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Old 11-15-2018, 12:27 AM
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Contrary to what many assume, I think some people run for President, at least in part, out of a sense of duty. Sure it's thrilling to sit in the big chair, but if Biden runs it won't be for the thrill. It will be out of fear that no one else can beat Trump. Same goes for Hillary, though this cycle her sense of duty will tell her NOT to run.

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Beginning with FDR, almost every single President elected has been either an incumbent Prez or Vice Prez or a national figure of great charisma long before the election. (Truman, LBJ, Nixon, and Bush-41 had served as V.P. so are omitted from the following list):
  • Franklin D. Roosevelt Governor of the largest state; had acquired national recognition by running for Vice Pres. in 1920.
  • Dwight D. Eisenhower Among other positions, he had been Supreme Commander for the liberation of Western Europe. Truman had offered him the job of POTUS four years earlier.
  • John F. Kennedy a very charismatic Senator and war hero. In 1956 he finished 2nd in the balloting for Vice Pres. at the DNC.
  • Jimmy Carter Governor of a largish state, noted for his support of civil rights; projected unusually strong integrity.
  • Ronald Reagan big state Governor, very popular nationwide; had run for President as early as 1968.
  • Bill Clinton Governor with successful programs, had served as chairman of the National Governors Association, and chairman of the Democratic Leadership Council; gave the opening-night speech at 1988 DNC.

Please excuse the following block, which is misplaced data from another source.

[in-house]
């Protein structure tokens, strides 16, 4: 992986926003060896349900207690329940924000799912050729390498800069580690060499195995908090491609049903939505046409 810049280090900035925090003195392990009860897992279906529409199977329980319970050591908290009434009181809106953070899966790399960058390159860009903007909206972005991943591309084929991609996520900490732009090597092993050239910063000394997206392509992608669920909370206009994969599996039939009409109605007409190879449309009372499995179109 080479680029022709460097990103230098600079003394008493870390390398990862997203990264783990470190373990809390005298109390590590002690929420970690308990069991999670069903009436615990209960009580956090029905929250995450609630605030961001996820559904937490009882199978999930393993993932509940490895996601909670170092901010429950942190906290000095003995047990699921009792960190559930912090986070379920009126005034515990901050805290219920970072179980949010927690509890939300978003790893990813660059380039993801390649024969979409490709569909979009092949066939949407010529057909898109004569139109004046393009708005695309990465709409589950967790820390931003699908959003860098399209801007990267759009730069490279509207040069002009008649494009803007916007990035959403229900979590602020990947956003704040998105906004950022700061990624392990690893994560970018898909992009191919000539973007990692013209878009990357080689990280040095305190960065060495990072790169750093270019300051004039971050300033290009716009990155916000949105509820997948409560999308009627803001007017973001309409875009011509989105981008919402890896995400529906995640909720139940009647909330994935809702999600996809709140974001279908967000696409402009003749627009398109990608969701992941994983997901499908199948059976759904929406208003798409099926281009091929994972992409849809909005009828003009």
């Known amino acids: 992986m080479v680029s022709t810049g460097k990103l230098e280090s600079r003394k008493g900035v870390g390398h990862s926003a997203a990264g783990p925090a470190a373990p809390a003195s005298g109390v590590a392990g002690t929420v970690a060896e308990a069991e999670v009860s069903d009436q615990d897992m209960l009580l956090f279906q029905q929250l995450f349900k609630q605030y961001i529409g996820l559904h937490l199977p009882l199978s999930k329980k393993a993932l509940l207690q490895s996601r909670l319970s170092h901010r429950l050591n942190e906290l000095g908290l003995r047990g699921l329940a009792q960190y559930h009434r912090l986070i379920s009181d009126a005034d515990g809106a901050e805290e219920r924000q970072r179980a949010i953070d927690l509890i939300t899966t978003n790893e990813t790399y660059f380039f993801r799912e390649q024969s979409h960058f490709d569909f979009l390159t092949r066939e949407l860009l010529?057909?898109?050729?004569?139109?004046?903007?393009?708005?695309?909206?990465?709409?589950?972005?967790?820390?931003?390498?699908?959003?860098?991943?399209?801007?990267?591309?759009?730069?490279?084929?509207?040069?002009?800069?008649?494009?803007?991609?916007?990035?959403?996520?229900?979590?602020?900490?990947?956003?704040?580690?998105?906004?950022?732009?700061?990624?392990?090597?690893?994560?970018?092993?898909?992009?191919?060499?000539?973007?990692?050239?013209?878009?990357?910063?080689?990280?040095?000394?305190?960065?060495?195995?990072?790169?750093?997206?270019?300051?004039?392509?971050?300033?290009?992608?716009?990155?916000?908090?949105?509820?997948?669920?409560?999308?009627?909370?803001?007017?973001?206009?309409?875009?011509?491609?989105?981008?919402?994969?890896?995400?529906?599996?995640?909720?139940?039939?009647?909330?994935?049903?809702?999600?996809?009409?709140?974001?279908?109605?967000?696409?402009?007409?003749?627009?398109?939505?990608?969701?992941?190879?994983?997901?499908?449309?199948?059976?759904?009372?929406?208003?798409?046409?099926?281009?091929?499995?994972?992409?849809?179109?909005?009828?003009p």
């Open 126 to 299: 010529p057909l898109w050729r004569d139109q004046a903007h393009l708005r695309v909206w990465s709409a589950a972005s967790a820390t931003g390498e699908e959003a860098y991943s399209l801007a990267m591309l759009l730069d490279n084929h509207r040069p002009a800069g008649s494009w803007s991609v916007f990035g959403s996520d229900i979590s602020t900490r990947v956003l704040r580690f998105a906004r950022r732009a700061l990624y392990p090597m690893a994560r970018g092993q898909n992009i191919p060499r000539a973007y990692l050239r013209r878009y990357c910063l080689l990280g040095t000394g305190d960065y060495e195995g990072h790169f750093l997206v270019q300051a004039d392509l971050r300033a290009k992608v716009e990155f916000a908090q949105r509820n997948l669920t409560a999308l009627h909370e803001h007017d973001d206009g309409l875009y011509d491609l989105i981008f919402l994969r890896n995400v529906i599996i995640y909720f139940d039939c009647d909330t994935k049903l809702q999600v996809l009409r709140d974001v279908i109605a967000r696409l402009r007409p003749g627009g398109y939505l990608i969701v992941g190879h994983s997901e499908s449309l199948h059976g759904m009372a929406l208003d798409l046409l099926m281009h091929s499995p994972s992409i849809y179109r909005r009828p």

• George W. Bush, Donald J. Trump both had strong name recognition nation-wide but are unworthy of further discussion: the 21st-century GOP is happy to run mediocrities.
  • Barack Obama very charismatic Senator (nominated by an unprecedented margin) who helped drive significant legislation; delivered an "electrifying" keynote address at the 2004 DNC. Here's a newspaper article from 1990 quoting one colleague: "I thought, 'This guy sounds like he's president of the country already;' I've never met anyone who could leave that impression after only five minutes."
With few exceptions, everyone on this list was a superstar of great achievement and/or charisma.

But how about the present crop? Does Gillibrand belong on this list? In the debate I linked to yesterday, she was not a top speaker her opponent probably "won" the debate. She'll be easy to brand as a "flip-flopper." (In the debate she solemnly promised to serve 6 more years in the Senate. Just a few weeks later she practically told Stephen Colbert she was running for President.) To compare her with an Obama or even a Carter is laughable.

But I'm not trying to pick on Gillibrand. I don't see any strong candidate.